NEW YORK/LONDON: Coffee and sugar prices settled lower on Wednesday, dragged down by losses elsewhere in commodity markets linked to an escalation in a trade conflict between the United States and China.
September arabica coffee settled down 2.75 cents, or 2.4 percent, at $1.1205 per lb, but remained well above last week's 4-1/2-year low of $1.0690 per lb.
"It's had a good recovery (from last week's low). But it's really up to the funds and what they want to do. And with the trade wars going on, commodity markets are down generally," one European dealer said.
September robusta coffee settled down $33, or 1.9 percent, at $1,672 per tonne.
Dealers said the robusta market was weighed down by early hedging by Vietnamese producers, which was being met with thin buying interest.
"The increase in availability of robusta supply is also pressuring prices," said Judy Ganes of J Ganes Consulting.
Dealers said speculators, who hold a large net short position in the market, were still driving activity.
"Really, any rally is going to be fueled by fund short-covering at this stage," the dealer said. "Industry has bought quite a lot on the way down so they're not going to be too excited about buying it at these levels."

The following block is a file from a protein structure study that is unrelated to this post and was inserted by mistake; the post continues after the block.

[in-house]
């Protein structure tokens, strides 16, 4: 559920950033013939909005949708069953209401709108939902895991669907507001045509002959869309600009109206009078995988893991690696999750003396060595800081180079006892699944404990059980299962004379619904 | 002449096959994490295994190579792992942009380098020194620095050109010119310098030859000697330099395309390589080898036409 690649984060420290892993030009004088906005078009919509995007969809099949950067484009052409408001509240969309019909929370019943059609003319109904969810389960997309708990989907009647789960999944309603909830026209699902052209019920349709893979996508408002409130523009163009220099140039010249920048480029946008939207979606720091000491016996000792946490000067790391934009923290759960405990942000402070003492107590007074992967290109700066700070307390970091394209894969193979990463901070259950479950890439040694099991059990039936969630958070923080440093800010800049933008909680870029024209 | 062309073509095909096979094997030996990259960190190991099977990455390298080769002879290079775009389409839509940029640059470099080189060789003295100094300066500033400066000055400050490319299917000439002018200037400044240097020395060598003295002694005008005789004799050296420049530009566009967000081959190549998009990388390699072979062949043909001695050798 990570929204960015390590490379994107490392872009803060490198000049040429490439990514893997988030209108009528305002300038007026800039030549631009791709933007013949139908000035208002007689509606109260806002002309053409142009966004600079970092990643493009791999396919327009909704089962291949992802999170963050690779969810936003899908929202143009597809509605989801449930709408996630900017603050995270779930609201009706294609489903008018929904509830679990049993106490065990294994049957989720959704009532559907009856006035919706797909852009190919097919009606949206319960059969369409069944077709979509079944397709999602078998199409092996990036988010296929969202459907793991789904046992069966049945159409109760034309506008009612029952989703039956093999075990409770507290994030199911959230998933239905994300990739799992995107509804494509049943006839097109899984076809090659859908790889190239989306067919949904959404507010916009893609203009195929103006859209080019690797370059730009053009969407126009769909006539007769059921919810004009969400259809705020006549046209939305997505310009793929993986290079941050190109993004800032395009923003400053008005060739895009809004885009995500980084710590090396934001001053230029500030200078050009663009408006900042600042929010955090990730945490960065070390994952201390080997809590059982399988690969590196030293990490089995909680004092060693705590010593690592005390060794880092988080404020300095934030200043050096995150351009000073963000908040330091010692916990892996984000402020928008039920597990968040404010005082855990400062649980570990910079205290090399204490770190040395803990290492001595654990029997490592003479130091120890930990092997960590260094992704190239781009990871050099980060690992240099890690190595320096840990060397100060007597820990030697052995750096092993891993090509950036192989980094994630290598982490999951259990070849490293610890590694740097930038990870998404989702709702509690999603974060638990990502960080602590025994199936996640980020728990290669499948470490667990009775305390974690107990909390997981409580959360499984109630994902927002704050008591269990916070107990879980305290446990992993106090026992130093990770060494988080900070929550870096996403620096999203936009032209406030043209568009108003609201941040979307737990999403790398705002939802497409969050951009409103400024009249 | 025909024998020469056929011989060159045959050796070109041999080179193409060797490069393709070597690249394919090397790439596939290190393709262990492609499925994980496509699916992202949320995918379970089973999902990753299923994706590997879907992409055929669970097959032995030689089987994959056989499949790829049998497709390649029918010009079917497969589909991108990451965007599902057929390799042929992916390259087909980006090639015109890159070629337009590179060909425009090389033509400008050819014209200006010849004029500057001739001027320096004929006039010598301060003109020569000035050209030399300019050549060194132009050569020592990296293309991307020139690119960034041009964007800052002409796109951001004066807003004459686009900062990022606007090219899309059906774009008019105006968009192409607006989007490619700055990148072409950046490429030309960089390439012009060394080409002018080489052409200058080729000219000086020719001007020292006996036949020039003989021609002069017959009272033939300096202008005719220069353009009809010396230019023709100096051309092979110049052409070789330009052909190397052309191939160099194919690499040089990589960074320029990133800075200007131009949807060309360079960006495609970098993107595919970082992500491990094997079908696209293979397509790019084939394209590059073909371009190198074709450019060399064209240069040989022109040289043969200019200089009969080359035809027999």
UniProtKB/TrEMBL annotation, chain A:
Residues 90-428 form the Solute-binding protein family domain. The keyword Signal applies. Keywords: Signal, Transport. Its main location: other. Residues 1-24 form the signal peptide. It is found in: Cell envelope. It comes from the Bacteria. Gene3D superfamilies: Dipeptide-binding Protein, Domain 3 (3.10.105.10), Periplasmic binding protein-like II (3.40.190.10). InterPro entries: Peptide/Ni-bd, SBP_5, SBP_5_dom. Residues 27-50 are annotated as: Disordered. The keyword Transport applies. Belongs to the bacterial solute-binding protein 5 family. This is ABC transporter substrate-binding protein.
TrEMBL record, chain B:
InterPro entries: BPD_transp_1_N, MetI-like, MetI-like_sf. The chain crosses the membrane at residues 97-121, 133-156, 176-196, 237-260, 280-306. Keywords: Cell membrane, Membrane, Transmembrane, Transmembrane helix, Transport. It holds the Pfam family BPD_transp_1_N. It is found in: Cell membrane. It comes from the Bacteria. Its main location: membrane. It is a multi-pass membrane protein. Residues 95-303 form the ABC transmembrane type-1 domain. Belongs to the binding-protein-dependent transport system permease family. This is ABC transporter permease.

October raw sugar settled down 0.12 cent, or 1.1 percent, at 11.29 cents per lb.
Losses were briefly trimmed following a report issued by Brazil cane industry group Unica before the market resumed its slide and set a fresh session low.
Mills in Brazil's center-south region crushed 45.306 million tonnes of cane in the second half of June, cane industry group Unica said on Wednesday.
The proportion of cane used to produce ethanol rather than sugar was slightly higher than expected at 62.3 percent, dealers said. A survey of analysts issued by S&P Global Platts had forecast ethanol's share of the crush would be 60.8 percent.
October white sugar settled down 80 cents, or 0.2 percent, at $331.30 per tonne.
September New York cocoa settled down $21, or 0.8 percent, at $2,480 per tonne.
The market was awaiting second-quarter grind data for Europe on July 16 and North America on July 19, dealers said. A year-on-year rise of about 3 percent is anticipated in Europe while the North America grind may be flat.
September London cocoa settled down 8 pounds, or 0.4 percent, at 1,808 pounds per tonne.